Rating: Boner-Killer. Not because he’s a lion, or Jesus, but because he’s a phony at the end of the day.

Faulkner’s Advice For Reading His Novels

Faulkner is a badass, but do you think this mentality holds up given the abundance of content on the Internet today? Do you think people will still wade through tough works, when there are so many attention-grabbing headlines promising instant gratification?

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I guess this means I need to read The Sound and the Fury three more times to get it.

Crap.

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Was Your English Lit Teacher Wrong About Symbolism?

You may have already known this, but your English teacher is full of shit. All that symbolism they have you chasing just isn’t there.

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You always wondered if your college lit professor was just making crap up.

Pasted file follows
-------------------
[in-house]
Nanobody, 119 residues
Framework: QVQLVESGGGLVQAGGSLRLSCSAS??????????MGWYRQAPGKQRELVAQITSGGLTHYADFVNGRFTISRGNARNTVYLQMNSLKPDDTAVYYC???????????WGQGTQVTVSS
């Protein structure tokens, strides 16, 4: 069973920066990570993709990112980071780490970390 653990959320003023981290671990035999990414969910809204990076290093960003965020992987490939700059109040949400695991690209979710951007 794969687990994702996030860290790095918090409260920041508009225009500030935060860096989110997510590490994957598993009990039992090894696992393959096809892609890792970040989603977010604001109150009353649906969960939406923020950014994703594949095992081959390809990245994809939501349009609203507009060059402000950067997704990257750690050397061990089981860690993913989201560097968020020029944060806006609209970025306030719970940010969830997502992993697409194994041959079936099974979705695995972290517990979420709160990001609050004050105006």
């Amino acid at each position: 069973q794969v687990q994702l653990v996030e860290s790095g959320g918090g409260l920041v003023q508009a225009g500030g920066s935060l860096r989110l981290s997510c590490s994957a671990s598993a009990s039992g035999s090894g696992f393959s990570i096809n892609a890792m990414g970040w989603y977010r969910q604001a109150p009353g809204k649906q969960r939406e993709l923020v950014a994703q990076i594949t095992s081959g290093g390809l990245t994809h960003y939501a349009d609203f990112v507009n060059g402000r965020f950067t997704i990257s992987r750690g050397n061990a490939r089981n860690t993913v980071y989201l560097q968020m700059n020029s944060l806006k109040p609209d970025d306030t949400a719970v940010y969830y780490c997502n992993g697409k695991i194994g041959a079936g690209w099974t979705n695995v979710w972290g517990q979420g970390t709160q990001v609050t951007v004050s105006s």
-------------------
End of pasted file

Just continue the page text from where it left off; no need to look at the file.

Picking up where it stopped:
Turns out, maybe they were.

This article from The Paris Review offers a revealing take by many famous authors on how much symbolism played a part in their work.

Their comments were prompted by a letter from a 16-year-old Bruce McCallister in 1963. He was tired of the constant find-the-symbolism game in English class, so he took it upon himself to ask them what the big deal was with symbolism.

He mailed a simple four-question survey to more than 150 novelists. About half of them responded. The responses were varied, but most of the authors seemed to think symbolism is overanalyzed. Their comments were awesome:

The survey included the following questions: